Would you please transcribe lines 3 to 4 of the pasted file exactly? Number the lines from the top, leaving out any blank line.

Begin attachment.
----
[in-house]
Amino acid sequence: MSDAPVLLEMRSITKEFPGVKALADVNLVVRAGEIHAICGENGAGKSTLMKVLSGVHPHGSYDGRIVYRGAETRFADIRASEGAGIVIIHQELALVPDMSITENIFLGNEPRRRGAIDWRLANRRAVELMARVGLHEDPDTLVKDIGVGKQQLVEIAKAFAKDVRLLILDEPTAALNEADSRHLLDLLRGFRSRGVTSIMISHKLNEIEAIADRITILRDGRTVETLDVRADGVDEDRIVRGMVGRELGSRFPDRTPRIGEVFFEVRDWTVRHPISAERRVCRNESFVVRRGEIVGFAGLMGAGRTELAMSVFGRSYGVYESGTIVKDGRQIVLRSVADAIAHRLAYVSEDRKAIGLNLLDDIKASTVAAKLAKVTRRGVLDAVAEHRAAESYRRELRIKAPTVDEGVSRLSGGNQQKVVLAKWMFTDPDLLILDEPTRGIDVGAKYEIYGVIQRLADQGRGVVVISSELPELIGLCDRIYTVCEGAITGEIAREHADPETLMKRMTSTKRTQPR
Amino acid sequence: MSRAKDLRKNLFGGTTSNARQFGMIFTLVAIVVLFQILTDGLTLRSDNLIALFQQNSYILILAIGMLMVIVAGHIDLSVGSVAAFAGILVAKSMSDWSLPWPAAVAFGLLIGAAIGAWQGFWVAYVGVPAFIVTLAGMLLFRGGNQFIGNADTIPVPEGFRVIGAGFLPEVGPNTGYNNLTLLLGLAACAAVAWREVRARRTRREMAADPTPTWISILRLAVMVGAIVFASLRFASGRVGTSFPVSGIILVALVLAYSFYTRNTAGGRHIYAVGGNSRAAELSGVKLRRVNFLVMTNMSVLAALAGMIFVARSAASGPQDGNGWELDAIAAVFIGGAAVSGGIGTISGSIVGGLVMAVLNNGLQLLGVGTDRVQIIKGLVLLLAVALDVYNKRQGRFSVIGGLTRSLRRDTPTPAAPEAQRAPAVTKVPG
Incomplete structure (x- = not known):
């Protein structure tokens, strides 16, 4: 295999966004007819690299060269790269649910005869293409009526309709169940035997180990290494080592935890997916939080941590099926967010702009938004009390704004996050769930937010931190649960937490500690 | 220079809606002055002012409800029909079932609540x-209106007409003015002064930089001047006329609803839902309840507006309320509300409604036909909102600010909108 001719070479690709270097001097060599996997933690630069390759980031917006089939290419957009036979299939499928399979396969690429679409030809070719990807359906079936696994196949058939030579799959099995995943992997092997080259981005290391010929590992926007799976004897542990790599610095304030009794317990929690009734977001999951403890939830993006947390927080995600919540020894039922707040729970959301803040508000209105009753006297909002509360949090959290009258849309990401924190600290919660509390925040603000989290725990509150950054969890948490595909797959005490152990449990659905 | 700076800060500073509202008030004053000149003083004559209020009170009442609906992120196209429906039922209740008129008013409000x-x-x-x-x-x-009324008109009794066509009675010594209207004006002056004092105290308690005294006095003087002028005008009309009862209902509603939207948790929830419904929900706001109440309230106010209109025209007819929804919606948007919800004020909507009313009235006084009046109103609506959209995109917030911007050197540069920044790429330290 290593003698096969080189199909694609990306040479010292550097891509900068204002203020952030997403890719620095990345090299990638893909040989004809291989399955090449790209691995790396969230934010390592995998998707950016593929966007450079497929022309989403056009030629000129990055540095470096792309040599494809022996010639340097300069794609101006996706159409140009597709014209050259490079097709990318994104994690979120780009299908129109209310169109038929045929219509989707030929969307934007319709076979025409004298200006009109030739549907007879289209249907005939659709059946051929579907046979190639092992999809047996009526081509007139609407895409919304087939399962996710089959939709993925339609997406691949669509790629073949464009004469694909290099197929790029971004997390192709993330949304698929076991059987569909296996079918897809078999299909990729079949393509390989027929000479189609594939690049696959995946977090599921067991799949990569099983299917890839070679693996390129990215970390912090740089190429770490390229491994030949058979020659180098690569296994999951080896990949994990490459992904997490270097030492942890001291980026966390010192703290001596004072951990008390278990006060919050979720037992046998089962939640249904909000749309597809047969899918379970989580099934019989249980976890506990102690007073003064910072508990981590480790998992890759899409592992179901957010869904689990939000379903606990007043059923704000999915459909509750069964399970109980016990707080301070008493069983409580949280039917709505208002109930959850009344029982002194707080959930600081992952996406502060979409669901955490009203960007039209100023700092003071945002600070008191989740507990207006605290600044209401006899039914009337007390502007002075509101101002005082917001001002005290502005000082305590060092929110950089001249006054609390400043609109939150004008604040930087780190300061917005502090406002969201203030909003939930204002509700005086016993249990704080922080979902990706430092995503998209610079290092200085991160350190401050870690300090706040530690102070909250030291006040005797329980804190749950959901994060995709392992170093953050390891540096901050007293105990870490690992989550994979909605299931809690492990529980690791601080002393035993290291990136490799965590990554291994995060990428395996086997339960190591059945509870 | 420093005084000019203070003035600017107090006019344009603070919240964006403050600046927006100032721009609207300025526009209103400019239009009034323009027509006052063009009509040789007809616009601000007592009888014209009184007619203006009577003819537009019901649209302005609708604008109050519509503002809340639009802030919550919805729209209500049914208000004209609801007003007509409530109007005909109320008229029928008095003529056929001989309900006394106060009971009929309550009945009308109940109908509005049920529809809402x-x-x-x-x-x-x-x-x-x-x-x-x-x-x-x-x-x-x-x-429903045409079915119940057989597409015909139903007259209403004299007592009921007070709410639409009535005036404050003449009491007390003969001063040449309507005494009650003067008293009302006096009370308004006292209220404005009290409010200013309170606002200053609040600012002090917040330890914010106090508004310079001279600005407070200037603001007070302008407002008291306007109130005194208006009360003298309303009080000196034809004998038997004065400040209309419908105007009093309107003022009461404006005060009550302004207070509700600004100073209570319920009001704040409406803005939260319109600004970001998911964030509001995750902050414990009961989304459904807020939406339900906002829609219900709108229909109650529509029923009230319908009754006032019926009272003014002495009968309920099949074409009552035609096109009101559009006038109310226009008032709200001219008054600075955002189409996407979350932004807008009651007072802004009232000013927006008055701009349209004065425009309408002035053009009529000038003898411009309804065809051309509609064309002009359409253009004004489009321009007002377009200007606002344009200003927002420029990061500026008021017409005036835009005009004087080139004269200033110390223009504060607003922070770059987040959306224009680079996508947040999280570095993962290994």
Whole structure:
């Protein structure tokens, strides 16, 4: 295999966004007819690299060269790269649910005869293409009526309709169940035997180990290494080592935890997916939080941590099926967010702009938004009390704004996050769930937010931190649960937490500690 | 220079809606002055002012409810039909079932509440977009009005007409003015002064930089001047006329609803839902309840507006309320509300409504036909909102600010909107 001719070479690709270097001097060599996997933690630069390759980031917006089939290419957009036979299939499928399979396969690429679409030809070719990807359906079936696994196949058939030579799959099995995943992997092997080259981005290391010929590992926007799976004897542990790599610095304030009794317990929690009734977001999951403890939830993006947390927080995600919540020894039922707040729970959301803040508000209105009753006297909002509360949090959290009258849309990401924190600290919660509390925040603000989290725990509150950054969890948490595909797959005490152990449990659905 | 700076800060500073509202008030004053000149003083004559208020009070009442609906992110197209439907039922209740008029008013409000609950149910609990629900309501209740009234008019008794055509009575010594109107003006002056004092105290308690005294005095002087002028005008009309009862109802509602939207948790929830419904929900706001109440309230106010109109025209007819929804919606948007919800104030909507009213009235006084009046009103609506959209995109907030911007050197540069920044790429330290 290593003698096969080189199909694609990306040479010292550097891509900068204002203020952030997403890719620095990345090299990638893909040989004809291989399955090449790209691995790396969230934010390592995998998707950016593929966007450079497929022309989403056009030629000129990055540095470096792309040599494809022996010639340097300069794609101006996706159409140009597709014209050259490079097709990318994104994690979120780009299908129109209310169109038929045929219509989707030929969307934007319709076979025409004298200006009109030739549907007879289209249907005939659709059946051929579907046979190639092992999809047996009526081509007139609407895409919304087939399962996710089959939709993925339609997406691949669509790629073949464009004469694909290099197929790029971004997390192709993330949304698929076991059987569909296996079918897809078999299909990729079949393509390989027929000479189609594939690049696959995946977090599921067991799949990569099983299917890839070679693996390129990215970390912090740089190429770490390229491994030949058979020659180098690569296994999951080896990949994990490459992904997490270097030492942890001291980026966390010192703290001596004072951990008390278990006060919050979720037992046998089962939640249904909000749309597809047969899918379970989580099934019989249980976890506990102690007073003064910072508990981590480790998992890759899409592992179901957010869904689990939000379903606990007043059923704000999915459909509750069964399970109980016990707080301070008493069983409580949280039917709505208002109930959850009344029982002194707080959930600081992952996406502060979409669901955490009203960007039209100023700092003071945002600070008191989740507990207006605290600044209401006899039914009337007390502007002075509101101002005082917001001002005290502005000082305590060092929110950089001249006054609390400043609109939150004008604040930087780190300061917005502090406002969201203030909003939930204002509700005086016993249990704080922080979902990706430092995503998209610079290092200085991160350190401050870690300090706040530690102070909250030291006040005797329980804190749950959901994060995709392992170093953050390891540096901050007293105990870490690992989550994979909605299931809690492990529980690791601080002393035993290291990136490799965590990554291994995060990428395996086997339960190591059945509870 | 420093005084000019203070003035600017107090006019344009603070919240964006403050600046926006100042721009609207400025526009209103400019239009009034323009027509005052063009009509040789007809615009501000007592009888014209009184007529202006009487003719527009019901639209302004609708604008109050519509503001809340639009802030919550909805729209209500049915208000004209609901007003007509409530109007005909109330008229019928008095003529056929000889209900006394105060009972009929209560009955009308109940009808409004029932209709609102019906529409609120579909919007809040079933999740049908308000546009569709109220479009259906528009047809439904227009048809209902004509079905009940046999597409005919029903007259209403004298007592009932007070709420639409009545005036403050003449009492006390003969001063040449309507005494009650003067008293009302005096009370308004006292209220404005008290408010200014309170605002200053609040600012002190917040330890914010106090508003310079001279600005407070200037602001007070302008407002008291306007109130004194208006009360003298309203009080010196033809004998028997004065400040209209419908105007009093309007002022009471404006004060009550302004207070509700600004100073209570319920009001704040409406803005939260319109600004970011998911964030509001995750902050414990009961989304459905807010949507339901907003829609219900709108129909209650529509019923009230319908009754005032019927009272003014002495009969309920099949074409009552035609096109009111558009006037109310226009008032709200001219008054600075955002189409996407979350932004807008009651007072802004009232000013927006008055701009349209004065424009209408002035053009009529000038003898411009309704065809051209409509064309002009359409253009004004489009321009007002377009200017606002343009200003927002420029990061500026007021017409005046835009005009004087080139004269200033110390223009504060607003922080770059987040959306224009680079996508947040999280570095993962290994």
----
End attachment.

Amino acid sequence: MSRAKDLRKNLFGGTTSNARQFGMIFTLVAIVVLFQILTDGLTLRSDNLIALFQQNSYILILAIGMLMVIVAGHIDLSVGSVAAFAGILVAKSMSDWSLPWPAAVAFGLLIGAAIGAWQGFWVAYVGVPAFIVTLAGMLLFRGGNQFIGNADTIPVPEGFRVIGAGFLPEVGPNTGYNNLTLLLGLAACAAVAWREVRARRTRREMAADPTPTWISILRLAVMVGAIVFASLRFASGRVGTSFPVSGIILVALVLAYSFYTRNTAGGRHIYAVGGNSRAAELSGVKLRRVNFLVMTNMSVLAALAGMIFVARSAASGPQDGNGWELDAIAAVFIGGAAVSGGIGTISGSIVGGLVMAVLNNGLQLLGVGTDRVQIIKGLVLLLAVALDVYNKRQGRFSVIGGLTRSLRRDTPTPAAPEAQRAPAVTKVPG
Incomplete structure (x- = not known):